I No. 2



edition of 7

c-print including 52 scanned polaroid photos

56 x 167 cm

  Meng Huang looks at the question of time in a completely different way in his 2004 Polaroid series.

  It documents more than just his politically and personally motivated journey between Henan and Beijing. At the same time, he explores the issue of what is left of an original after time has passed.

  At the very start, a self-portrait taken in Henan, where he spent his childhood. For other photos portraying the course of his journey, he followed his feelings and selected places along the way, very different sites, towns, motives, and scenes. To these he added each Polaroid photo he had taken before. We see, for example, people he met: the Yong Tai Temple in Deng Feng; a girl wearing an opera costume; but also books on the revolution; then a work Ai Weiwei was working on at the time he visited him in Beijing.

  All in all, signs marking a journey to his roots, which fade more and more as time goes by. The photos not only capture the motifs that jumped out at him while he was on his search for lost time—they also contain a changed Polaroid photo.

 It contains everything photographed before, but the more often he repeated the process of adding a Polaroid to a new picture, the smaller the things in the older picture became. The self-portrait from the beginning is still there at the end, somewhere, but because it has become smaller and smaller, it has also become increasingly difficult to recognize. In the end only a touch of a trace is left of the original.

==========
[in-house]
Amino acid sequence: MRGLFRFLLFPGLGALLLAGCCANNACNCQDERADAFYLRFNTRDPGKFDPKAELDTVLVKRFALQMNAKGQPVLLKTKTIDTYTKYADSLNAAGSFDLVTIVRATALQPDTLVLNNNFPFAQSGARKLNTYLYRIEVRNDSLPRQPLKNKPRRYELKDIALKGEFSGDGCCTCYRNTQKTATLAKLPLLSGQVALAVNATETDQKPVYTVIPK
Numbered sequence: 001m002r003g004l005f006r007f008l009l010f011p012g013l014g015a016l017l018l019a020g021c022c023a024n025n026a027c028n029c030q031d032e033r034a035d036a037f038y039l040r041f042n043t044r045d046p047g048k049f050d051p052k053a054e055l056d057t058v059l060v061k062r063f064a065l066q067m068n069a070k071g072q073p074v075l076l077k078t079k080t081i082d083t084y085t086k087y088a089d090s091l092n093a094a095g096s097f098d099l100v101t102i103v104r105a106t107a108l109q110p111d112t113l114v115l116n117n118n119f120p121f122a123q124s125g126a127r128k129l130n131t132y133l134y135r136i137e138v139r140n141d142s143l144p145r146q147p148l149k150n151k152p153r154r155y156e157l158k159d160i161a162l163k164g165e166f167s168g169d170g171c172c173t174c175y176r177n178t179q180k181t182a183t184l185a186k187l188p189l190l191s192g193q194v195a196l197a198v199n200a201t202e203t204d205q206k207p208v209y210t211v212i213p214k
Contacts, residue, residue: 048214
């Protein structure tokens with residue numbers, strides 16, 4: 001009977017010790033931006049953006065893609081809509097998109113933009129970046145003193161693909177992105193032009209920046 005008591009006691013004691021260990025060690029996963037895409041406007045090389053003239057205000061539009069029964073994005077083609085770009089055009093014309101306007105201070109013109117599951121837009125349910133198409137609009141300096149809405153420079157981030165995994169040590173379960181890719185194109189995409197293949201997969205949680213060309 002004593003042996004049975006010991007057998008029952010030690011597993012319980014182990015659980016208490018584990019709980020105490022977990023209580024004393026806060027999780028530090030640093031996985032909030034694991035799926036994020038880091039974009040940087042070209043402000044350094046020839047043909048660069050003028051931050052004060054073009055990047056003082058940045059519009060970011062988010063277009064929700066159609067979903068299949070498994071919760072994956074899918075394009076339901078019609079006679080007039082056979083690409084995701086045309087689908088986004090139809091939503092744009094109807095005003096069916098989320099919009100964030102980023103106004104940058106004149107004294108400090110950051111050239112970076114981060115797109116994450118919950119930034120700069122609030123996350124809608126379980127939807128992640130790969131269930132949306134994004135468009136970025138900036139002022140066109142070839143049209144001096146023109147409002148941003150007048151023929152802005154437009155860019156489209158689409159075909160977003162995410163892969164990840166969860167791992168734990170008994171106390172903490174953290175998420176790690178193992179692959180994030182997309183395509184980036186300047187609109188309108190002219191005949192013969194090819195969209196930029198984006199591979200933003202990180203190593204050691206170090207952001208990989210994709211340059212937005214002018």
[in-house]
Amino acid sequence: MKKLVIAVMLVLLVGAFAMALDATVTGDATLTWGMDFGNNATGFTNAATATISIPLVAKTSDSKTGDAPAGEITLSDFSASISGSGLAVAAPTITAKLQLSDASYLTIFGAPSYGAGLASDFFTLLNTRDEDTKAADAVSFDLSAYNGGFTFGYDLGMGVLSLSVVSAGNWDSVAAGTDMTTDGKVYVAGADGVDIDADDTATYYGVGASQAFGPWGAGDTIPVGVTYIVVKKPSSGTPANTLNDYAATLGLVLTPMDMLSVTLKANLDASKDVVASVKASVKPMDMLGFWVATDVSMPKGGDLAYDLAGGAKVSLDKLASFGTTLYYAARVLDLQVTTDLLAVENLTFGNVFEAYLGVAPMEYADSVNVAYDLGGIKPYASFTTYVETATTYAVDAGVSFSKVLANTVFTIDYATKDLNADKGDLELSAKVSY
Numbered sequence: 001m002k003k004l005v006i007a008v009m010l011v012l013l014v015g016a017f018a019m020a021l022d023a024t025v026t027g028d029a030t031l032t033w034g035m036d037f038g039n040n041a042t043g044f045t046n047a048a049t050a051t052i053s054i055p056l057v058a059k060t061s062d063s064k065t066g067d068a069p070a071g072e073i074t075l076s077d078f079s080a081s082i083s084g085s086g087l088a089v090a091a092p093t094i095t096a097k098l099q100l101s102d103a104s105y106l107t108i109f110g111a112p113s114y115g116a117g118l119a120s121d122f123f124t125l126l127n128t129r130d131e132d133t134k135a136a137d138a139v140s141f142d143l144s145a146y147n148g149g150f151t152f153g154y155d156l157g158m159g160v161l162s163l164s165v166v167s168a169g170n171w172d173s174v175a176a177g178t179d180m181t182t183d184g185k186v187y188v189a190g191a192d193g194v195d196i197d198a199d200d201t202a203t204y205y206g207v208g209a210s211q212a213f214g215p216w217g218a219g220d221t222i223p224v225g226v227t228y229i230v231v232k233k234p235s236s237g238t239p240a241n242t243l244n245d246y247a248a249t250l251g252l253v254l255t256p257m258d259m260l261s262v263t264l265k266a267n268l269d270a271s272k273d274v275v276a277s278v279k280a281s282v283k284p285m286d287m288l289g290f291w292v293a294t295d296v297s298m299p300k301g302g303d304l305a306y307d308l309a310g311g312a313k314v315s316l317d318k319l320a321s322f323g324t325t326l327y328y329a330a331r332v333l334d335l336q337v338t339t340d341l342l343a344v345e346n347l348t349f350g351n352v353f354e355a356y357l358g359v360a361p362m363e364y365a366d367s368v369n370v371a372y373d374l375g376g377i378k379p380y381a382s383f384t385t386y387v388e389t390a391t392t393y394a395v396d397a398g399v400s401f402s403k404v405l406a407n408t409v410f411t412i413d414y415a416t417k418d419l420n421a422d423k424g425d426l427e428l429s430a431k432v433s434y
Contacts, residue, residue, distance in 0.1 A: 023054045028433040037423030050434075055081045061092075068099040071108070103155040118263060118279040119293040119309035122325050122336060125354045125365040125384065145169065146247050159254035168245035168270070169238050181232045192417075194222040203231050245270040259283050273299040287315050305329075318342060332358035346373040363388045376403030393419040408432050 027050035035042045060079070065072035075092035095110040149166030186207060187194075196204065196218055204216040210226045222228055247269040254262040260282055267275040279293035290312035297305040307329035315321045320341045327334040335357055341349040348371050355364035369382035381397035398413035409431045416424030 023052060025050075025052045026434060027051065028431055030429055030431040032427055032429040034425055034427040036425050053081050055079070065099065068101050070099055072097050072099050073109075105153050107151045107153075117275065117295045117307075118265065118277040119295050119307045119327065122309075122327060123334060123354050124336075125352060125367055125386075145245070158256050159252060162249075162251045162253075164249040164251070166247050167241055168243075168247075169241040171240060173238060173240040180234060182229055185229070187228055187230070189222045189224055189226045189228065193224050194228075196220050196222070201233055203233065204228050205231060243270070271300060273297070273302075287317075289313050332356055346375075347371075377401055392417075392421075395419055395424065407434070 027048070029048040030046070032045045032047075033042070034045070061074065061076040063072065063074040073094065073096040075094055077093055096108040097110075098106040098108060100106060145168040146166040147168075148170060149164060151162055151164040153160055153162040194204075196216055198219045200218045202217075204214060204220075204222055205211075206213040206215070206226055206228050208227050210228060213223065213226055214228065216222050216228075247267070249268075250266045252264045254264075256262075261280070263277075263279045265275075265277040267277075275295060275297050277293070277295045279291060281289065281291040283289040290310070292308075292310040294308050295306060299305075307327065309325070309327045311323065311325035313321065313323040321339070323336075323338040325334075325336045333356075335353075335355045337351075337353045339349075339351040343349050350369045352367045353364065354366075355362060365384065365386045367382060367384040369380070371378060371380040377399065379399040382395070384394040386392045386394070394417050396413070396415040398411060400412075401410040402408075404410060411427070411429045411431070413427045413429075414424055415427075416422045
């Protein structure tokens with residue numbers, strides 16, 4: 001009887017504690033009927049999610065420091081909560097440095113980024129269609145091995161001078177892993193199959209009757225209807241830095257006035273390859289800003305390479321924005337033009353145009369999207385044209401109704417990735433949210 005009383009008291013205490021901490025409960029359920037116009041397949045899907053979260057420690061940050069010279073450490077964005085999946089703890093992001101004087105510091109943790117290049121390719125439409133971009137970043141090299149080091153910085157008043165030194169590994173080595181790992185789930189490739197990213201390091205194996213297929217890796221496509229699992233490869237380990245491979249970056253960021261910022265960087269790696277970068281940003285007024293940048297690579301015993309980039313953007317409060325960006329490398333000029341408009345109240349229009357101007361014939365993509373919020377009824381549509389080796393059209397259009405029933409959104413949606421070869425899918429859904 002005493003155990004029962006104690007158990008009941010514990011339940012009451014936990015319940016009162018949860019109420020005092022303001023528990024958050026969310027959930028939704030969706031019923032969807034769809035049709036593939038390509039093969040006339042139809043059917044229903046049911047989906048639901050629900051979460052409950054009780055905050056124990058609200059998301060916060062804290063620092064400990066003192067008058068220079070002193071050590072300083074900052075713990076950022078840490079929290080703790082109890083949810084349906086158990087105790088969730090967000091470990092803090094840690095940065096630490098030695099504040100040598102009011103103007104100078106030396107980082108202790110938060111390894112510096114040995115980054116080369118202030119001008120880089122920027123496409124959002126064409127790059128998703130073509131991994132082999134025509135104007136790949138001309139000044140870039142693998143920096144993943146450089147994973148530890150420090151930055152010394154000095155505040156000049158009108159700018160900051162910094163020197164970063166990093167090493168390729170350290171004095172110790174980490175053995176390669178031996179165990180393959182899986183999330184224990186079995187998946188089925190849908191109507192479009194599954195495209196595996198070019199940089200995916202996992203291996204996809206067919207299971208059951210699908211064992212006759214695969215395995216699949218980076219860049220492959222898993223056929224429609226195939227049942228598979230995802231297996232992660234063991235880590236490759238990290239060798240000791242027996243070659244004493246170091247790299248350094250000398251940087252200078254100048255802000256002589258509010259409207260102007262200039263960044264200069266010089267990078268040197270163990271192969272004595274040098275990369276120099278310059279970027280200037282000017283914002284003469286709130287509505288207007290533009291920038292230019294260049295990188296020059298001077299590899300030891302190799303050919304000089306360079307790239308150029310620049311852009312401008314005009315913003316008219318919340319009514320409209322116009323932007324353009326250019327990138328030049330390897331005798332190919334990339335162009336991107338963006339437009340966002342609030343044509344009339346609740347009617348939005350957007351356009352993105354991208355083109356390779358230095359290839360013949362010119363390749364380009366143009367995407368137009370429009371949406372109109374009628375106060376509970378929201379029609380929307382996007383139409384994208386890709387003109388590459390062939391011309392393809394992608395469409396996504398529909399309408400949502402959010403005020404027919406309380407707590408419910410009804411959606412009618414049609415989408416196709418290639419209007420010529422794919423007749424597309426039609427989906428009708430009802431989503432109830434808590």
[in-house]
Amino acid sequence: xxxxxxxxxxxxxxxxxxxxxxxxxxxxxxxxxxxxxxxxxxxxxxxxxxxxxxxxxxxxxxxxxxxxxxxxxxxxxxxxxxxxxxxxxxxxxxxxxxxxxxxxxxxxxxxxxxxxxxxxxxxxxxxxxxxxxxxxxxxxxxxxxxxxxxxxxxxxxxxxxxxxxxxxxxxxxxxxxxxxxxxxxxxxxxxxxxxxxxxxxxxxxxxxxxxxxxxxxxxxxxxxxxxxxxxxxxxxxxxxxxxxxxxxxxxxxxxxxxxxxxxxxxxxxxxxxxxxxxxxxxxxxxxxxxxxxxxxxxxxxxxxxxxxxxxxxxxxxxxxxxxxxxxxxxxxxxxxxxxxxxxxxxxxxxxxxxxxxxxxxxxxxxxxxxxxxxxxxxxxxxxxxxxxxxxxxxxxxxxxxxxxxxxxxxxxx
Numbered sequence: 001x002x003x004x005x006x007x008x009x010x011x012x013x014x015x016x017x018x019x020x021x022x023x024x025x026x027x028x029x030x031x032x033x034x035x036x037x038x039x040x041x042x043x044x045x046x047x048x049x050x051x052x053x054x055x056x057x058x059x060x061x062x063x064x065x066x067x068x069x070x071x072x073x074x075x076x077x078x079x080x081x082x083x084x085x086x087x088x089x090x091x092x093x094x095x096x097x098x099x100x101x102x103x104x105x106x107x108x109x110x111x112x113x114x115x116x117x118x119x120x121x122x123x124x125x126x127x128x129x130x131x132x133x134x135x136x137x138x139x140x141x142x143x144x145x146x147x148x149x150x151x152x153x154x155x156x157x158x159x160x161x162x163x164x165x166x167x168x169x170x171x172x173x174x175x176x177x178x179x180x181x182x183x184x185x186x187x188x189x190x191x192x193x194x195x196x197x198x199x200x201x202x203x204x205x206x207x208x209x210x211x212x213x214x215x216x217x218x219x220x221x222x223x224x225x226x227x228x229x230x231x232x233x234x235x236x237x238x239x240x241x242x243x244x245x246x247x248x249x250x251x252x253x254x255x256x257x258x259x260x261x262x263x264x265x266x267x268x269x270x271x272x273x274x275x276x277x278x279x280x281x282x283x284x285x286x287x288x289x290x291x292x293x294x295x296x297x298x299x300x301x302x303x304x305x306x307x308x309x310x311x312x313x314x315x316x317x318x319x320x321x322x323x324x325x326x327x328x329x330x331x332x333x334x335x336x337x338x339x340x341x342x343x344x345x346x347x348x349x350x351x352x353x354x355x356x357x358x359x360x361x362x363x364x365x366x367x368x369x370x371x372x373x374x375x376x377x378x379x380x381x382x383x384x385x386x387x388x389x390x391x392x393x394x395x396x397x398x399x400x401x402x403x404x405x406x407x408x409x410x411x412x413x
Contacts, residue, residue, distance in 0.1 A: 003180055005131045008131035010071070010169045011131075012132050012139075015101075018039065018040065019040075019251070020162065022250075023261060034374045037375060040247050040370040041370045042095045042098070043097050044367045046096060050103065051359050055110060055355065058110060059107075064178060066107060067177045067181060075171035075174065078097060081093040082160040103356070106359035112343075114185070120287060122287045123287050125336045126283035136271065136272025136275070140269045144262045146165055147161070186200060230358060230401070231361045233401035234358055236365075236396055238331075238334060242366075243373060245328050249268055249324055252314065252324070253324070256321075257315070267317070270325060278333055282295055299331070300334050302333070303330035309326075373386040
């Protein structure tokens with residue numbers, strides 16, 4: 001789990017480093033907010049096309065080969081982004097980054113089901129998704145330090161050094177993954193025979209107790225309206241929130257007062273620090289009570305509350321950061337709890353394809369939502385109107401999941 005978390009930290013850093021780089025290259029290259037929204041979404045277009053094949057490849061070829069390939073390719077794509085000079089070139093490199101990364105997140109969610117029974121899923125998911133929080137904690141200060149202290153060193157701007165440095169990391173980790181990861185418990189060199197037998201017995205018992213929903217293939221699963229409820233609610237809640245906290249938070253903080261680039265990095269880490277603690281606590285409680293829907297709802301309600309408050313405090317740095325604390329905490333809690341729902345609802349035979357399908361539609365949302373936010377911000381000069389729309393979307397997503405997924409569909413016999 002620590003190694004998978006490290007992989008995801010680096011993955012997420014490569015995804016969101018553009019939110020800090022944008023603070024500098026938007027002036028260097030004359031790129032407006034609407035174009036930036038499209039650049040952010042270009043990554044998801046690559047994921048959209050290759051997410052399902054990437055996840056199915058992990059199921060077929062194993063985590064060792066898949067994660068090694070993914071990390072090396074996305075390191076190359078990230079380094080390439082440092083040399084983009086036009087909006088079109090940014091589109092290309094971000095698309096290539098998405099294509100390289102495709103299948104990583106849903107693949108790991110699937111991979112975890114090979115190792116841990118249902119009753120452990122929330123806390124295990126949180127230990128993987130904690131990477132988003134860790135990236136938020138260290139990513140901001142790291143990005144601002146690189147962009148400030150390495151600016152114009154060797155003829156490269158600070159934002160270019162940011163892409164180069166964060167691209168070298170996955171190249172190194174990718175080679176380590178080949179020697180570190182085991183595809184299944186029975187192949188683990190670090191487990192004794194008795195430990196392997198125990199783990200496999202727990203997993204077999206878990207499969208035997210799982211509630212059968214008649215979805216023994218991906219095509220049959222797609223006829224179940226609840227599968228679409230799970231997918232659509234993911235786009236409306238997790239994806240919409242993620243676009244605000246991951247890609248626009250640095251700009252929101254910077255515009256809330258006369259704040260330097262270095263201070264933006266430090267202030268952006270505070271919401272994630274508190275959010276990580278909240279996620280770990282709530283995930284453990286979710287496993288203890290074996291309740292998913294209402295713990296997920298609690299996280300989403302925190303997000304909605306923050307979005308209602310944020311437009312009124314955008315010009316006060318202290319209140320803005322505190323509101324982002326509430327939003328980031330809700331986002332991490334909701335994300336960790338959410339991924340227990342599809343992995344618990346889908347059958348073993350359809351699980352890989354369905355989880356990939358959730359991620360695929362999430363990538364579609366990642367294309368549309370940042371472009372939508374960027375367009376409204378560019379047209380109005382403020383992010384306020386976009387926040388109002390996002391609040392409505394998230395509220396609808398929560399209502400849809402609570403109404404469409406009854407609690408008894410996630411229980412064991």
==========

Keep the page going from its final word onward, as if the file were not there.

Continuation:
For Meng Huang this personal experience is an analogy that he uses to formulate somethingthat is simultaneously specific and general, because the question that ultimately preoccupies him has to do with what happens to the source or the origin over time. The gradual disappearance of the self-portrait can also allude to the original idea of Marxism, because at the outside, only a vague trace of it is left, too.

Text by Heinz Norbert Jocks  |  Translated from German: Allison Plath Moseley